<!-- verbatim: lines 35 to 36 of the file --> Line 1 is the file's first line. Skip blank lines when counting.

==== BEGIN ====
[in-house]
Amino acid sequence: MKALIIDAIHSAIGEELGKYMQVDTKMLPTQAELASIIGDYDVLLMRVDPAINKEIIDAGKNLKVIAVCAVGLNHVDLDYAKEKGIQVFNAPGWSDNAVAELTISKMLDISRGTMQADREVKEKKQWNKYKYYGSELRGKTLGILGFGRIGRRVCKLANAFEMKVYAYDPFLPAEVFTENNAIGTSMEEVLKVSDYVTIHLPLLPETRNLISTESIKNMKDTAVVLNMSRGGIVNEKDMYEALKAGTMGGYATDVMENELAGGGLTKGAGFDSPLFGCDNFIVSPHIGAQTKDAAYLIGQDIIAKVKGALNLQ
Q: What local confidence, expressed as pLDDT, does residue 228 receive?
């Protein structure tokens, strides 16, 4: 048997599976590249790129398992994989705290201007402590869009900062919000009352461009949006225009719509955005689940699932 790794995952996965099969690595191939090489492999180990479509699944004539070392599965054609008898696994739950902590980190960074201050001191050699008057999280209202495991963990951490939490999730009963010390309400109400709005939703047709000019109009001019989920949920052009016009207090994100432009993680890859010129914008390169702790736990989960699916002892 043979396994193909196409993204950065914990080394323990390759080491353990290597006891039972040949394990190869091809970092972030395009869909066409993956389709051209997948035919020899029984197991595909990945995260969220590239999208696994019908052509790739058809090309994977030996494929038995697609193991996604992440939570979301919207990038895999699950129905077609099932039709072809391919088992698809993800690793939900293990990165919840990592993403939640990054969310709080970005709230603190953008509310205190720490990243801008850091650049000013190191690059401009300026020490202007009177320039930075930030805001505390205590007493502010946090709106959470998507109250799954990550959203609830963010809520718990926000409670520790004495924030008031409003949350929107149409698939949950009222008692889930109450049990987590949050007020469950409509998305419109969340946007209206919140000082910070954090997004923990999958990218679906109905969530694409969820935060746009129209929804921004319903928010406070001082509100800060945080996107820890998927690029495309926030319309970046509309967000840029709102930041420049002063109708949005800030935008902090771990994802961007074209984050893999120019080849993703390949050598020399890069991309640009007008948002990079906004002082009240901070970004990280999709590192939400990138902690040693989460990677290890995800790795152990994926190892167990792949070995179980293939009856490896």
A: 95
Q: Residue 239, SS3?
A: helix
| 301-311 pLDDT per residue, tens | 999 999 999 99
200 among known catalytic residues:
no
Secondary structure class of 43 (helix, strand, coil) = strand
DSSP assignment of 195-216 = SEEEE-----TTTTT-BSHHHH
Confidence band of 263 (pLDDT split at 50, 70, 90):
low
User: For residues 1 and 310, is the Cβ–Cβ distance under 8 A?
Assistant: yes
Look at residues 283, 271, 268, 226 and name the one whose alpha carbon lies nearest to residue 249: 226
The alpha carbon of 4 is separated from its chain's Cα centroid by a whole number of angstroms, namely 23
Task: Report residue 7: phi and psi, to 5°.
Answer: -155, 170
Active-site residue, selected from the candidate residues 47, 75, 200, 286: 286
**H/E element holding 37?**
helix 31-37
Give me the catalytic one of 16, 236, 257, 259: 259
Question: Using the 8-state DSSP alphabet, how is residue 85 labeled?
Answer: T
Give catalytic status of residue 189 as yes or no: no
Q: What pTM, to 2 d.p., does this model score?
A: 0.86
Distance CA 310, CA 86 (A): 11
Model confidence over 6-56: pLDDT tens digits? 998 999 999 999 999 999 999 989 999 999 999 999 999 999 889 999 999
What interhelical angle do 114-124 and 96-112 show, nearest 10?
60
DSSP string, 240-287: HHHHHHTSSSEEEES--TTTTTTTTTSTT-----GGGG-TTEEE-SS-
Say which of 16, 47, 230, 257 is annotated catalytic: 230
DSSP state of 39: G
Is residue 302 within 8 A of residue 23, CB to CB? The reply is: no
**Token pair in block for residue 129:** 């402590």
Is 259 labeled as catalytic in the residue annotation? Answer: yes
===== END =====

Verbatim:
Say which of 16, 47, 230, 257 is annotated catalytic: 230
DSSP state of 39: G